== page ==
News, Analysis and Opinion for the Informed Boulder Resident
Tuesday June 18th 2019

Support the Blue Line

Subscribe to the Blue Line

That's what she said

city council transportation energy municipalization xcel housing urban planning april fools bicycles climate action election 2011 density boulder county open space affordable housing election agriculture renewables CU local food climate change election 2013 development jefferson parkway youth pedestrian election 2015 preservation Rocky Flats election 2017 recreation BVSD immigration mountain bikes boards and commissions decarbonization transit urban design GMOs fracking plan boulder farming fires wildlife colorado politics downtown architecture smart regs new era colorado plutonium natural gas journalism homeless planning board transit village parking commuting ghgs radioactive waste land use taxes rental height limits coal historic preservation april fools 2015 walkability historic district diversity energy efficiency Neighborhoods population growth flood students growth North Boulder gardens arts education election 2010 election 2018 solar bus water supply zoning University Hill nutrition RTD bike lane electric utility library safety sprawl groundwater water quality election 2012 affairs of the heart april fools 2016 renewable energy organic flood plain planning reserve mayor zero waste blue line wetlands county commissioners hogan-pancost politics electric vehicle hazardous waste transportation master plan obama longmont ballot right-sizing street design colorado legislature solar panels PV recycling golden comprehensive plan climate smart loan diagonal plaza Mapleton campaign finance bears flood mitigation conservation easement epa food boulder junction congestion pesticide road diet drought election 2016 planning inequality bus rapid transit flooding oil daily camera climate change deniers automobile PUC children ecocycle community cycles BVCP Newlands community league of women voters wind power public health ken wilson david miller sam weaver mlk crime civil rights boulder creek west tsa contamination city attorney al bartlett public spaces green points technology EV Orchard Grove marijuana Whittier arizona

City Council Gives Xcel Another Chance – Updated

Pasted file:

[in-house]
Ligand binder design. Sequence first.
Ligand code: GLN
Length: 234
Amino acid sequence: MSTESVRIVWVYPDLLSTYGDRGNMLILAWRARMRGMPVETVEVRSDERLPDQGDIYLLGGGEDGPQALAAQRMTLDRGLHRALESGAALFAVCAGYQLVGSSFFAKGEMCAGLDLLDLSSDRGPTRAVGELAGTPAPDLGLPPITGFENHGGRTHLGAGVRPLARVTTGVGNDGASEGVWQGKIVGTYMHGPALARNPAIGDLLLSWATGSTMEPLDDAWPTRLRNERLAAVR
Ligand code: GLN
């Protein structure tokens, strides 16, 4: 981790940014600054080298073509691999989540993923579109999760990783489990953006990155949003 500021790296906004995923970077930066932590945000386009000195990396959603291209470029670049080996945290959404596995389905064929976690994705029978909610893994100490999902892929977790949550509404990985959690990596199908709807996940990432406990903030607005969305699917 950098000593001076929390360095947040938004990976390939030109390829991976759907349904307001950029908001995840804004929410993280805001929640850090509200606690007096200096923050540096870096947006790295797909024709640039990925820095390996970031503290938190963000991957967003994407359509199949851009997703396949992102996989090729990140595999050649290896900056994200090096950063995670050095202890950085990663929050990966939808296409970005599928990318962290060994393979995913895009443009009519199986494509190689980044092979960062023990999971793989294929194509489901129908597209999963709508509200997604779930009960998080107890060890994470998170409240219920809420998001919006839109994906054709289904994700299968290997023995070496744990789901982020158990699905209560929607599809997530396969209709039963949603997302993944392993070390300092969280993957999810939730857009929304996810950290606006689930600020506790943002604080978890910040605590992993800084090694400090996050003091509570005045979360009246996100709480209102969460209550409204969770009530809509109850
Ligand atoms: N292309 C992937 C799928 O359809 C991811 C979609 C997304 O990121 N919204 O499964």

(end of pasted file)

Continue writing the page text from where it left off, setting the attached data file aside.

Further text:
By

The bold attitude City Council brandished toward Xcel Energy at its April 13, 2010 study session fizzled somewhat during Tuesday night’s City Council meeting.  Following Council member Ken Wilson’s lead, the City Council moved the 20-year franchise agreement ahead, despite the fact that it is missing key concessions on renewable energy.

A first reading of the ordinance putting the franchise agreement on the November ballot was on the Council’s June 1, 2010 consent agenda (requiring no public hearing) but was pulled off by Council member Morzel.  Pulling an item off the consent agenda gives the public a chance to weigh in before Council votes on the item.  And weigh in they did.  Steve Pomerance, Leslie Glustrom, Dan McGuire, Micah Parkin, Shirley Jin, Ken Bonetti, Julie Zahniser, Dan Friedlander, Alison Burchell, Ken Regelson and Greg Ching all testified on the issue.  The arguments for not advancing the franchise agreement put forward by the public included:

  • It isn’t wise to sign a 20-year agreement in a political and technological environment that is undergoing rapid change.
  • The City should consider how expensive it will be to be locked into current technologies.
  • The franchise agreement negotiations should be open to the public so that the considerable expertise of Boulder citizens can be engaged.
  • Boulder should have as much freedom as possible to determine its own energy mix.
  • Boulder should be creative and look to a diverse mix of smaller sources such as methane, solar and small-scale hydro.
  • A diverse energy mix will provide more security and reliability.
  • Boulder could take advantage of this opportunity to become a leader in clean technology.
  • Boulder is weakening its negotiating position by advancing a 20-year commitment to Xcel.
  • Municipalization (the City taking control of its own energy supply mix) should be on the table.
  • The basis for Xcel’s Windsource pricing is impossible to determine.